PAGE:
If you're expecting the Giants to walk away from Eli Manning during his darkest hour, think again. The team sinks or swims with Eli. He deserves to play out his career here - or the better part of it, anyway.
But at what price? Right now, Eli is in the final stages of his last extension. Unfortunately for the Giants, his cap hits the next two seasons of are the balloon variety: $20.4 mil in '14 and $19.75 mil in '15. In order to save money and cap space, the Giants will almost certainly have to tear that deal up and offer him a more cap-friendly one so they can concentrate on retooling their sorry roster.
Bill Barnwell of Grantland.com explores the unthinkable, the Giants parting ways with Eli Manning:
"There are two years to go on Manning's current deal after the 2013 campaign, and they'll be expensive. In 2014, Manning will take up $20.9 million of the Giants' cap, or about 16.5 percent of the projected $126.3 million ceiling all by himself. That figure falls slightly to $19.8 million in 2015, after which Manning would become an unrestricted free agent. Because that signing bonus has been mostly covered by now, getting rid of Manning wouldn't be cost-prohibitive. In fact, it would save the Giants a lot of money. The Giants would save $13.4 million on their cap in 2014 by trading or releasing Manning, a figure that would rise to $17.5 million in 2015. They wouldn't have a quarterback, of course, but that hasn't really been much of a help this year, anyway."Unlikely because the Giants' ownership is locked into Eli for the long term. He has led them to two championships and CEO John Mara has a long memory. He's also got deep pockets.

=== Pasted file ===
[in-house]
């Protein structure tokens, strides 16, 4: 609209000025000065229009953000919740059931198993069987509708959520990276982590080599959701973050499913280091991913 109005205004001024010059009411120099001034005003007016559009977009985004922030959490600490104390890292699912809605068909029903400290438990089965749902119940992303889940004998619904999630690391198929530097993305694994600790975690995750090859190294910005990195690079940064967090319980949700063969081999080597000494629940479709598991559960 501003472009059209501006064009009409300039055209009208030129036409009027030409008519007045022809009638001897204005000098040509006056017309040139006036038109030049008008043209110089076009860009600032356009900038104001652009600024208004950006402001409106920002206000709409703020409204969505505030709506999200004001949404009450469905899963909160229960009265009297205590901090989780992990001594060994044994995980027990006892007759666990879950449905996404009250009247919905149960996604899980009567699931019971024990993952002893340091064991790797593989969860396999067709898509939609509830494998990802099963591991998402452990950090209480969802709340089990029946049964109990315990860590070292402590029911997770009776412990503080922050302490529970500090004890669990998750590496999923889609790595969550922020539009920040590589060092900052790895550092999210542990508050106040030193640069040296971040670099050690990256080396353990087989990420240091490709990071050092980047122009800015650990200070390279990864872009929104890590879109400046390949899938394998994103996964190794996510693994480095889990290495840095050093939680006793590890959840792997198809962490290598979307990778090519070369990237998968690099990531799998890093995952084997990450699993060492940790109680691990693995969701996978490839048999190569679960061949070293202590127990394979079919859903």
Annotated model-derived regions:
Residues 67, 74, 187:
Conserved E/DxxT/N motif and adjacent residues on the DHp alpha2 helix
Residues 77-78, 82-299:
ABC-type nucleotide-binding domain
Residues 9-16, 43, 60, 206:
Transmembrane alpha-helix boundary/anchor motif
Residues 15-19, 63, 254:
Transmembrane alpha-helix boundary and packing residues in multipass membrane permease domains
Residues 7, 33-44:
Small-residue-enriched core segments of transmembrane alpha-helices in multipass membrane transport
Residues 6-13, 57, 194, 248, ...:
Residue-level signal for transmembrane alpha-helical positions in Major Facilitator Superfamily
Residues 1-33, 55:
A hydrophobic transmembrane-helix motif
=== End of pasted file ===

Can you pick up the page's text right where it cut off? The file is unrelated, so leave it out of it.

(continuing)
SNYGiants insider Ralph Vacchiano says the Giants are going to give Eli that extension.
“He didn’t all of a sudden forget about how to play quarterback,” Mara added. “Every time he takes the field he’s the only guy walking out there who’s a two-time Super Bowl MVP — which I’ve reminded him of a couple of times. You have to believe that he’s going to play well. And listen, for a quarterback to play well all the other pieces have to be moving in the right direction also.”Read Ralph's full article